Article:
So I made some more drawstring bags today, in a variety of styles, in order to showcase the range of possibilities from finished to unfinished.  In all, I made a total of five drawstring bags today, two without drawstrings at all, and three with drawstrings; two long skinny ones, and three squarish ones (the four shown beside yesterday’s big bag are four of the five I completed today; the fifth wasn’t done at the time I took the photograph.

Process and Results

The resulting bags are, I think, not particularly elegant.  But neither are they entirely slap-dash, either.Thirty days of making: drawstring bags I wish I’d had better ribbon or thread for the drawstrings, but the fabric itself is pretty nice.  All the bags illustrate nicely the importance of having a ‘stash’ or cache of materials from which to draw construction materials — it’s hard to build bags if you have to go to the store every time.  As it is, I’ve learned the importance of stocking thread in various colors and weights to go with the machine.  I only had black and white thread for these projects, and the black thread in particular is very noticeable, at least up front.  In the photos, it doesn’t show so much; but believe me, it’s there.

So, I now have six or seven bags to show to my students this afternoon, and show them a variety of ways of making such bags.  I think my next step is to make myself a lunch bag.  My lunch usually comes to school in two standard-sized plastic containers, a roll for bamboo utensils, and space for an apple.  I should really make a bag to hold those items in one, maybe with a shoulder strap, as well.  It would be a good project, and illustrate to students the possibilities that sewing makes possible.  Maybe it could even have a matching napkin!

Reflection on My Learning

I think that one of the key takeaways for me is the degree to which making something immediately raises the possibility of making more things.  I made one big bag — not well, but well enough — and then almost immediately I thought to turn my scraps into a half-dozen more bags of varying sizes (there certainly weren’t enough scraps left to do anything else).  I scavenged materials from other projects (the ribbon) in order to finish the main project of the day.  Working through the smaller projects raised the possibility of larger projects — making these small bags made me realize that I know how to make belt pouches for my halloween costumes and Renaissance fair projects, and how to make a lunch bag, and how to make any one of a dozen other small things.  As Tess from Beehive Sewing said to me, “The goal of this studio is to make more sewing enthusiasts,” because that not only means more customers coming to her shop, but it also means a greater likelihood that fabric stores and sewing machine manufacturers and more will stay in business. This is about forming constellations of skill in a community.  If I teach six or seven other people how to sew at least as well as I do, and some of them get better than me at this skill, then we have a range of tailors and seamstresses and seamsters ready to call upon to complete almost any project.  And I like that idea.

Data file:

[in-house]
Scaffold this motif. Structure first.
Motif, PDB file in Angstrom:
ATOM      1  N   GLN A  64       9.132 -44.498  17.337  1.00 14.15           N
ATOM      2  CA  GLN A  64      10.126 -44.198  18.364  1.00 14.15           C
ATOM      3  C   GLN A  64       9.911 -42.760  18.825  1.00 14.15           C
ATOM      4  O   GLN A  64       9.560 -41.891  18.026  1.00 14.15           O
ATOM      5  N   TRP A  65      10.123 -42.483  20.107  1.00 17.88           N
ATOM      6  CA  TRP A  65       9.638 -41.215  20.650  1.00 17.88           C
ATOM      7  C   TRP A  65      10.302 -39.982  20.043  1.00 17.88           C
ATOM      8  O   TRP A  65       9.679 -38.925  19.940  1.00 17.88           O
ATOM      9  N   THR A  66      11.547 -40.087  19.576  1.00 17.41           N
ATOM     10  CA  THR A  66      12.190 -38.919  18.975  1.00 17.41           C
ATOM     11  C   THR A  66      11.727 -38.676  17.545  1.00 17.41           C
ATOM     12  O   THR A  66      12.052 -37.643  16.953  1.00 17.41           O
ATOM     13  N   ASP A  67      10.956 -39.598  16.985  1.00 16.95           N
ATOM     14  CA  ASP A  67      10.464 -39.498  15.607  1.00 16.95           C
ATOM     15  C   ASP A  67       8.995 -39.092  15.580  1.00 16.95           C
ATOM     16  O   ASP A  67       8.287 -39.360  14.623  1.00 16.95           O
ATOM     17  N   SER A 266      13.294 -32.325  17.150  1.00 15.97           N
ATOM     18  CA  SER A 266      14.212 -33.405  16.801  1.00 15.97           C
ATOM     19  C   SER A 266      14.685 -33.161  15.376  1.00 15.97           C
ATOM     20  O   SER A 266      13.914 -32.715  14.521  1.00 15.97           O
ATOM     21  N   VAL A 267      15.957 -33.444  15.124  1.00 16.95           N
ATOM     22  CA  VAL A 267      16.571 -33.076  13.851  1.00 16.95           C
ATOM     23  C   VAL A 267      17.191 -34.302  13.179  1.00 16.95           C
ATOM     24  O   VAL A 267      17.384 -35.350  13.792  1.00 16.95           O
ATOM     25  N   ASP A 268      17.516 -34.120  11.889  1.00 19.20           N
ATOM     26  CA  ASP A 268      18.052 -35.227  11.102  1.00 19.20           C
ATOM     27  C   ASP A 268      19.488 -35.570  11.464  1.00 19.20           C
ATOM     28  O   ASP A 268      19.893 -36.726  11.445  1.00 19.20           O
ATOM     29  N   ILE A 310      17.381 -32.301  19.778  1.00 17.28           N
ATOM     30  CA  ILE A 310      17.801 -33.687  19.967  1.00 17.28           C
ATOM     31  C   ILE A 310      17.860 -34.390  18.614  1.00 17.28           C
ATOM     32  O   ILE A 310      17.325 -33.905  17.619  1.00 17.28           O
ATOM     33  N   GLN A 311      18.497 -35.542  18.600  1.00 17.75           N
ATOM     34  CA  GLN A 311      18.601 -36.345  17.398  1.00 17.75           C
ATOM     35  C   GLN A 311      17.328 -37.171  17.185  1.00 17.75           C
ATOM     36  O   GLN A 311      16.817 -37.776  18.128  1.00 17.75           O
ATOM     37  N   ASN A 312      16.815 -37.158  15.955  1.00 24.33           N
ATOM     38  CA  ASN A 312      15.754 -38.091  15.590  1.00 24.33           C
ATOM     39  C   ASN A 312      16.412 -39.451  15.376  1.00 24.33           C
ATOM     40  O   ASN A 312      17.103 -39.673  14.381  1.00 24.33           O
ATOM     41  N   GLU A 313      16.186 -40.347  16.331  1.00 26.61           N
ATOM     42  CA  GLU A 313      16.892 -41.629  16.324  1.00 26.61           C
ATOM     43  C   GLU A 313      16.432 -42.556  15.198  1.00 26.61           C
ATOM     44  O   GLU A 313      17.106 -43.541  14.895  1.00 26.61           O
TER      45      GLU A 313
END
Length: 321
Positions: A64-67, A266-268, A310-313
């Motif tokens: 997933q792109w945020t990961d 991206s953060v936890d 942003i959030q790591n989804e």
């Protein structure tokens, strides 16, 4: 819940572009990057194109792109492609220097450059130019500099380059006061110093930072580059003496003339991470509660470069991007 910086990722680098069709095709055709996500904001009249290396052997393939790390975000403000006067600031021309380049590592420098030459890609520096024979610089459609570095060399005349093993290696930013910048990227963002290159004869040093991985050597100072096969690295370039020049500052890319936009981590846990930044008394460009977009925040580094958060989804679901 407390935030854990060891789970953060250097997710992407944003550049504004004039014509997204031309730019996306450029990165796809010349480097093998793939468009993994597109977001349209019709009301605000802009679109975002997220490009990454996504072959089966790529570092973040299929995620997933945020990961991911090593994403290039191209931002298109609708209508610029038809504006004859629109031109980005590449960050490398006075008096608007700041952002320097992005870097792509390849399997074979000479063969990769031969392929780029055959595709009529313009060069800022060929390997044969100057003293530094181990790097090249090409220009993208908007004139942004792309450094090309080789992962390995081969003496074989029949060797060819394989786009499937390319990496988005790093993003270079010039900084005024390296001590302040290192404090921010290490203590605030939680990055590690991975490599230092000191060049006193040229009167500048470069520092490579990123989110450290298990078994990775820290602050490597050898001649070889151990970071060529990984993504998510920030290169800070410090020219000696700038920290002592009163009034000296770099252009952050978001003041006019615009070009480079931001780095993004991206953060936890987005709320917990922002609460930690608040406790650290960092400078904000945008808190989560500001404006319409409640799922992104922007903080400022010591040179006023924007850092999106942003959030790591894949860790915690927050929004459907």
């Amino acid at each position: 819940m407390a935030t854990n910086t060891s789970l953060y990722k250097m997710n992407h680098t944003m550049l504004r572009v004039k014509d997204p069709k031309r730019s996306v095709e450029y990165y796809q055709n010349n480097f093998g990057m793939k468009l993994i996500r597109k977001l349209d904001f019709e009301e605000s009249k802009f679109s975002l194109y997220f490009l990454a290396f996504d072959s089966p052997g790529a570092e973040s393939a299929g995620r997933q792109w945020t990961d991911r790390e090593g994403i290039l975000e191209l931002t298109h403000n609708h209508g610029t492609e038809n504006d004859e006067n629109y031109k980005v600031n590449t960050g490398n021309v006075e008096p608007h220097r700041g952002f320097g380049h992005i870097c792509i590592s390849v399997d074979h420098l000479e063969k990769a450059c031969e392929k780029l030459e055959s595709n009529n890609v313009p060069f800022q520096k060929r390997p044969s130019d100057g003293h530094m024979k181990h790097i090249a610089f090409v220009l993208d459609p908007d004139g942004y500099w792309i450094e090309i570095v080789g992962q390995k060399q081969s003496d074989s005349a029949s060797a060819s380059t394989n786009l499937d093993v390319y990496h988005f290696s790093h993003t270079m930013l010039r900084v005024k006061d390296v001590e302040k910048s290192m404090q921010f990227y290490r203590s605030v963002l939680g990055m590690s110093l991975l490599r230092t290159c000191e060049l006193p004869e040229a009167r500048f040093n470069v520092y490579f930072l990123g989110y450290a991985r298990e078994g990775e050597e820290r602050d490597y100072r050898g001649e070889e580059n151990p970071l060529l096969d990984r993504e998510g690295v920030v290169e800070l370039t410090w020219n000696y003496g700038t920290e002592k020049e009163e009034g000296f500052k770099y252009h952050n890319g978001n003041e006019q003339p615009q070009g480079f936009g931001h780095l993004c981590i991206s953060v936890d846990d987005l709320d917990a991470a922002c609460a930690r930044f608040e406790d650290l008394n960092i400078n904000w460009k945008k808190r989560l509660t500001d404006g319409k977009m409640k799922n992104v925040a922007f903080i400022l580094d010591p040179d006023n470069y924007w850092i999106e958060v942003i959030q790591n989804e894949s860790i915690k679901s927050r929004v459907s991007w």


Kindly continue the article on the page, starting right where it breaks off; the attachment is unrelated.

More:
Reflections on Learning in General

I think the real challenge is getting kids through three or four similar projects, to the point where the next few projects begin to appear over the horizon to them, and they know how to proceed on their own.  I know I’m almost there — but I’ve got forty years of prior experience on most of my students to draw on (and perhaps some other, Supernatural, assistance, as the wise may know), and six months of prior coached experience as a sewing enthusiast. Some of this is beginning to come to me naturally. It won’t come as naturally to them, at least not yet. Not until they’ve run through a few projects in a very guided, direct way.


Four out of five stars.  It was important for my learning to repeat the same project a few times, in order to see what could be learned from repetition.   And the answer is, quite a lot.  But just because it was a useful exercise doesn’t mean that I actually challenged myself in any way.  I didn’t.  These were lickety-split projects — my biggest challenge was having to rethread the Design Lab sewing machine.

On the other hand, I immediately gave out most of my bags to colleagues, so there was an immediate dividend to the Design Lab.  Here was a product of the Design Lab that they could hold in their hands, and see as a complete and finished project, and they could understand that kids who went through a Design Lab experience would become more competent seamsters/seamstresses as a result of the training I could provide.  That’s a bonus.  When they, the studentsstart making stuff on their own and giving it away to teachers and parents, then we’re on the right track to something amazing, I think.